Referring to Figure 11, block 510 then directs the controller processor 100 to perform further controlled droplet dispensing functions. In some embodiments, block 510 may direct the controller processor 100 to return to execute blocks generally similar to blocks 204, 206, and 208 of the flowchart 200 shown in Figure 4, but either dispensing a further droplet to the target region (if block 502 directed the controller processor 100 to proceed to block 508, for example) or dispensing a droplet to a new target region (if blocks 504, 507, 505, 506, and 509 have been executed, for example).

In such embodiments, where block 502 directed the controller processor 100 to proceed to block 508, a block generally similar to block 206 may direct the controller processor 100 to include a count of particles included in a second droplet with the count of particles included in the first droplet in the total dispensed particles count and a block generally similar to the block 208. In various embodiments, block 206 may direct the controller processor 100 to include the largest count confidence in a set or array of count confidences stored in the location 161 of the storage memory 104.

In various embodiments, once the flowchart 200 has generally been executed for each target region, the target count record 1060 shown in Figure 12 may include a value stored for each target count field, the value representing a number of particles dispensed into that target region.

In various embodiments, the target count confidence record 1100 shown in Figure 13 may include at least one value stored in each target count confidence field, the values representing respective confidences that droplets dispensed into the associated target region had particular counts.

In some embodiments, the block of codes 190 of the program memory 102 may include blocks of code as shown in flowchart 1140 shown in Figure 14. In various embodiments, the flowchart 1140 may be executed when a user wishes to view counts associated with the target regions. In some embodiments, the flowchart 1140 may be executed for each target region. The flowchart 1140 begins with block 1142, which directs the controller processor 100 to consider a target region. In some embodiments, upon a first execution of the flowchart 1140, block 1142 may direct the controller processor 100 to consider the first target region. In various embodiments, the flowchart 1140 may be executed repeatedly, but considering a different target region each time, until all of the target regions have been considered. In some embodiments, only target regions associated with a desired particle count may be considered. For example, in some embodiments, where single particle or single cell targets are desired, block 1142 may direct the controller processor 100 to consider only target regions associated with a particle count equal to 1.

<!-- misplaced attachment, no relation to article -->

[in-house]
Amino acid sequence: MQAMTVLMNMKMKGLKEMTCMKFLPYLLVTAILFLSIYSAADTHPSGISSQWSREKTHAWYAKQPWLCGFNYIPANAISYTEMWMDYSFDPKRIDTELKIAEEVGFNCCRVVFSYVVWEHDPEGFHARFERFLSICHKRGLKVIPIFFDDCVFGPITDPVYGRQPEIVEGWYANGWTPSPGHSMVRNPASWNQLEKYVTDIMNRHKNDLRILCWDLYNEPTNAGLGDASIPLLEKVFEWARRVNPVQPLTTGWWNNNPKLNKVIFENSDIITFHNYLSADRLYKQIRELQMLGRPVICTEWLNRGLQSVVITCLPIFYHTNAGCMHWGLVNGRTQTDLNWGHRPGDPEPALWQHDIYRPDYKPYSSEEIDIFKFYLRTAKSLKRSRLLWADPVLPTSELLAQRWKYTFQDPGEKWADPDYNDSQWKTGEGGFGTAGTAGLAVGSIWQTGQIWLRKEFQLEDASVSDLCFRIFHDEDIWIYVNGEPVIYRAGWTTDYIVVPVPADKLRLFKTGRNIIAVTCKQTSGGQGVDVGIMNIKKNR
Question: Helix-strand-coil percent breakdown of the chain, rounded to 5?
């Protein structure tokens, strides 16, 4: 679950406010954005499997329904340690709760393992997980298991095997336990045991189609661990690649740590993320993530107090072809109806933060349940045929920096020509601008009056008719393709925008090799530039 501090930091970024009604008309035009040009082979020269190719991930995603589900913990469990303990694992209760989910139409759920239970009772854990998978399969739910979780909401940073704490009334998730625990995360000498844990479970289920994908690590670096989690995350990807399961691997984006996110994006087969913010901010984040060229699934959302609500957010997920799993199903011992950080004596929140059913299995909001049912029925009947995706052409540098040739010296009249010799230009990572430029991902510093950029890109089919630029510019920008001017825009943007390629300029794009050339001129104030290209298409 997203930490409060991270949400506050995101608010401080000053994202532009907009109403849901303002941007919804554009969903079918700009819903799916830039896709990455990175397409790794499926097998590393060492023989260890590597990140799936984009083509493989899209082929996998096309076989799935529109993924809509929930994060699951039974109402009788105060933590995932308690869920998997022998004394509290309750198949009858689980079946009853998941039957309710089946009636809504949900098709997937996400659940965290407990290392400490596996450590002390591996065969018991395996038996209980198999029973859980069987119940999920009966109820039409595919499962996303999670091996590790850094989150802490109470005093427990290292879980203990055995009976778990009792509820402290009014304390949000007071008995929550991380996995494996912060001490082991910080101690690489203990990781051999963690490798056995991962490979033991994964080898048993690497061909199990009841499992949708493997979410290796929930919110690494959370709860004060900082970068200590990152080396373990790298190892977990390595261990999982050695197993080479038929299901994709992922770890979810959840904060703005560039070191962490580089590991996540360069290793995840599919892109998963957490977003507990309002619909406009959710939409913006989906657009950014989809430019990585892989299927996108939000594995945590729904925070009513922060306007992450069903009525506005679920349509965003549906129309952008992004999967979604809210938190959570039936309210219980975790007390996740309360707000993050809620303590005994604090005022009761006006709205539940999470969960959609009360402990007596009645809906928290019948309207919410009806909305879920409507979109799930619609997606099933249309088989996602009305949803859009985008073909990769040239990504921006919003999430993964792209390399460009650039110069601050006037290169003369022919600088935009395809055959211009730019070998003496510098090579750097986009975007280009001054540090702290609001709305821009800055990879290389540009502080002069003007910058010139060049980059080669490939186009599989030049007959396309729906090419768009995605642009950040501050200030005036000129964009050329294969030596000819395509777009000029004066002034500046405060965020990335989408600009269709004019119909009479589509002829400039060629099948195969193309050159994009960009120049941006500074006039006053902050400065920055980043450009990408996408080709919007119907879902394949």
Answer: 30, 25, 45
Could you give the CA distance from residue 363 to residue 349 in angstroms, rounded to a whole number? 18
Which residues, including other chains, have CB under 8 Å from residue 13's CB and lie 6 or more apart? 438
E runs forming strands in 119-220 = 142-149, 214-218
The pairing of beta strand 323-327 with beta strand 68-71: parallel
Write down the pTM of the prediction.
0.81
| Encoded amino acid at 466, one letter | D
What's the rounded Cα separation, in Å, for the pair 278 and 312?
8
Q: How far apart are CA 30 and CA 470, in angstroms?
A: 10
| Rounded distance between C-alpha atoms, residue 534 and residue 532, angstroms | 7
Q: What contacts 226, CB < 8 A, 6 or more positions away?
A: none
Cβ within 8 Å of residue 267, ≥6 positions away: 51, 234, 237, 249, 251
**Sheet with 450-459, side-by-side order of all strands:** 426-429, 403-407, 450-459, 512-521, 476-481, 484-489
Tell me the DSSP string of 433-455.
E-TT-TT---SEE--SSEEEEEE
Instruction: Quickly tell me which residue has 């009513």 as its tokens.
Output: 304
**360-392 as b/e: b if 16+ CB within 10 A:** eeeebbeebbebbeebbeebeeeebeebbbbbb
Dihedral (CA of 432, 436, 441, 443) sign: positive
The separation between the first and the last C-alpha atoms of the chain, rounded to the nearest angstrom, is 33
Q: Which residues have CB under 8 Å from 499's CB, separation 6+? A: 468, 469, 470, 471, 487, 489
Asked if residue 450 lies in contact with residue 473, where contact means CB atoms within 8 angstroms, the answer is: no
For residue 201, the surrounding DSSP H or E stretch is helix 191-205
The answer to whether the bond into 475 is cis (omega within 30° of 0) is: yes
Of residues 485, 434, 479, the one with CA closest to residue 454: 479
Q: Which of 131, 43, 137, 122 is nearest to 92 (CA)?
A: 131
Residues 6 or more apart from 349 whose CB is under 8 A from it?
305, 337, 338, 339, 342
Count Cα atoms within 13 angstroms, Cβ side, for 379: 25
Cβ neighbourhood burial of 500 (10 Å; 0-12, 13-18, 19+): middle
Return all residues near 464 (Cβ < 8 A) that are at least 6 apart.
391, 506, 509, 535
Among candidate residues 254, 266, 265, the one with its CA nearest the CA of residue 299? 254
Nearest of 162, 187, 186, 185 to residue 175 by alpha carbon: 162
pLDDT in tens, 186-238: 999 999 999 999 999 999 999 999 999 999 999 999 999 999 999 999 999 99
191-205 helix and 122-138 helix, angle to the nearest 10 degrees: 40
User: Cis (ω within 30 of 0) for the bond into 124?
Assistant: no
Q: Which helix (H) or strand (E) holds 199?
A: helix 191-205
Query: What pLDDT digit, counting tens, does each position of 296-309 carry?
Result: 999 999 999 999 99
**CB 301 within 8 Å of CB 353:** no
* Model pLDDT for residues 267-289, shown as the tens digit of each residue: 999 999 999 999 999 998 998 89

Block 1144 then directs the controller processor 100 to determine whether the count confidence associated with the target region is greater than a threshold count confidence. In some embodiments, block 1144 may direct the controller processor 100 to determine whether the count confidence for a desired particle count, such as a count of 1 , for example, associated with the target regions is greater than a threshold count confidence. In some embodiments, where more than one count confidence is associated with a target region, block 1144 may direct the controller processor 100 to determine whether all of the count confidences are greater than a threshold count confidence. In some embodiments, the threshold count confidence may have been set previously and may be stored in the location 170 of the storage memory 104. For example, in some embodiments, the threshold count confidence may have been set to 0.95.

In some embodiments, block 1144 may direct the controller processor 100 to read a target count confidence associated with the considered target region from the target count confidence record 1100 stored in the location 168 of the storage memory and the threshold count confidence from the location 170 of the storage memory 104 and to compare the values to determine whether the target count confidence is greater than the threshold count confidence. If at block 1144, it is determined that the target count confidence is not greater than the threshold count confidence, block 1144 may direct the controller processor 100 to proceed to block 1146. Alternatively, if it is determined that the target count confidence is greater than the threshold count confidence, block 1144 may direct the controller processor 100 to proceed to block 1148.